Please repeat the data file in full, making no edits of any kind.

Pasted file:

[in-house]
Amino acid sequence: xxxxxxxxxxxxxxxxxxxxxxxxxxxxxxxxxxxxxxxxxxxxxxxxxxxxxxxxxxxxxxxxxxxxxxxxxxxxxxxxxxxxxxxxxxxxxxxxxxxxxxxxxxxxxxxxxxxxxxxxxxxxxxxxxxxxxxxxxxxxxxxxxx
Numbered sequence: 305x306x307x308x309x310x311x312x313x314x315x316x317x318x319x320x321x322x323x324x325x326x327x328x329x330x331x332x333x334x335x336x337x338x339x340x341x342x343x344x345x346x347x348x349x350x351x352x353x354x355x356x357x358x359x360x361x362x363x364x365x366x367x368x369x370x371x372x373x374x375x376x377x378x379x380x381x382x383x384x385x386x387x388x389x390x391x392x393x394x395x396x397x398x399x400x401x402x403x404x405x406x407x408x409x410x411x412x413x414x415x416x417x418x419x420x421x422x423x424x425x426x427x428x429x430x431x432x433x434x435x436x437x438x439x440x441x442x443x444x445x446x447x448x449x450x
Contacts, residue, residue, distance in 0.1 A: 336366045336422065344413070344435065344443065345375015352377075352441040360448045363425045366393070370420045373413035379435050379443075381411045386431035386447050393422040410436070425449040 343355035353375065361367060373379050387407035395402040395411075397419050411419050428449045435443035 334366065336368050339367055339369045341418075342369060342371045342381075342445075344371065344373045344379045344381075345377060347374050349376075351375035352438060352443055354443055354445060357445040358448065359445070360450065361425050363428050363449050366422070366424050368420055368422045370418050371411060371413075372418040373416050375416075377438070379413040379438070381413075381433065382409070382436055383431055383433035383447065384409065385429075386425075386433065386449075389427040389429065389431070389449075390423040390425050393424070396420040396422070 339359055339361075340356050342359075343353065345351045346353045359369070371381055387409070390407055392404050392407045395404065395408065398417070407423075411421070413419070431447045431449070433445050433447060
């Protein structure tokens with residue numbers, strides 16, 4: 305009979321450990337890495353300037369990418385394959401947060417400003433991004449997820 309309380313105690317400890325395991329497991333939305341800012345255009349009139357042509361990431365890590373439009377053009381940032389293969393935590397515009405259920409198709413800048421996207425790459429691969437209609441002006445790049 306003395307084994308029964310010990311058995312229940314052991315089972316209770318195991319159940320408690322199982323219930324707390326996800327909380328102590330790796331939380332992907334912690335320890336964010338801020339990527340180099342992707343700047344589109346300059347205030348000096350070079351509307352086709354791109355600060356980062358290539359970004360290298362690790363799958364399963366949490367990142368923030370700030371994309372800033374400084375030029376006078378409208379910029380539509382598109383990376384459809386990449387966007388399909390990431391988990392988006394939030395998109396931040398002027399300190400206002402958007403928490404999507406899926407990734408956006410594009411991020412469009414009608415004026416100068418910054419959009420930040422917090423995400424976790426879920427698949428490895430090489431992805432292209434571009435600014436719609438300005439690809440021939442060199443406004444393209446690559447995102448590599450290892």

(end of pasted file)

[in-house]
Amino acid sequence: xxxxxxxxxxxxxxxxxxxxxxxxxxxxxxxxxxxxxxxxxxxxxxxxxxxxxxxxxxxxxxxxxxxxxxxxxxxxxxxxxxxxxxxxxxxxxxxxxxxxxxxxxxxxxxxxxxxxxxxxxxxxxxxxxxxxxxxxxxxxxxxxxx
Numbered sequence: 305x306x307x308x309x310x311x312x313x314x315x316x317x318x319x320x321x322x323x324x325x326x327x328x329x330x331x332x333x334x335x336x337x338x339x340x341x342x343x344x345x346x347x348x349x350x351x352x353x354x355x356x357x358x359x360x361x362x363x364x365x366x367x368x369x370x371x372x373x374x375x376x377x378x379x380x381x382x383x384x385x386x387x388x389x390x391x392x393x394x395x396x397x398x399x400x401x402x403x404x405x406x407x408x409x410x411x412x413x414x415x416x417x418x419x420x421x422x423x424x425x426x427x428x429x430x431x432x433x434x435x436x437x438x439x440x441x442x443x444x445x446x447x448x449x450x
Contacts, residue, residue, distance in 0.1 A: 336366045336422065344413070344435065344443065345375015352377075352441040360448045363425045366393070370420045373413035379435050379443075381411045386431035386447050393422040410436070425449040 343355035353375065361367060373379050387407035395402040395411075397419050411419050428449045435443035 334366065336368050339367055339369045341418075342369060342371045342381075342445075344371065344373045344379045344381075345377060347374050349376075351375035352438060352443055354443055354445060357445040358448065359445070360450065361425050363428050363449050366422070366424050368420055368422045370418050371411060371413075372418040373416050375416075377438070379413040379438070381413075381433065382409070382436055383431055383433035383447065384409065385429075386425075386433065386449075389427040389429065389431070389449075390423040390425050393424070396420040396422070 339359055339361075340356050342359075343353065345351045346353045359369070371381055387409070390407055392404050392407045395404065395408065398417070407423075411421070413419070431447045431449070433445050433447060
């Protein structure tokens with residue numbers, strides 16, 4: 305009979321450990337890495353300037369990418385394959401947060417400003433991004449997820 309309380313105690317400890325395991329497991333939305341800012345255009349009139357042509361990431365890590373439009377053009381940032389293969393935590397515009405259920409198709413800048421996207425790459429691969437209609441002006445790049 306003395307084994308029964310010990311058995312229940314052991315089972316209770318195991319159940320408690322199982323219930324707390326996800327909380328102590330790796331939380332992907334912690335320890336964010338801020339990527340180099342992707343700047344589109346300059347205030348000096350070079351509307352086709354791109355600060356980062358290539359970004360290298362690790363799958364399963366949490367990142368923030370700030371994309372800033374400084375030029376006078378409208379910029380539509382598109383990376384459809386990449387966007388399909390990431391988990392988006394939030395998109396931040398002027399300190400206002402958007403928490404999507406899926407990734408956006410594009411991020412469009414009608415004026416100068418910054419959009420930040422917090423995400424976790426879920427698949428490895430090489431992805432292209434571009435600014436719609438300005439690809440021939442060199443406004444393209446690559447995102448590599450290892």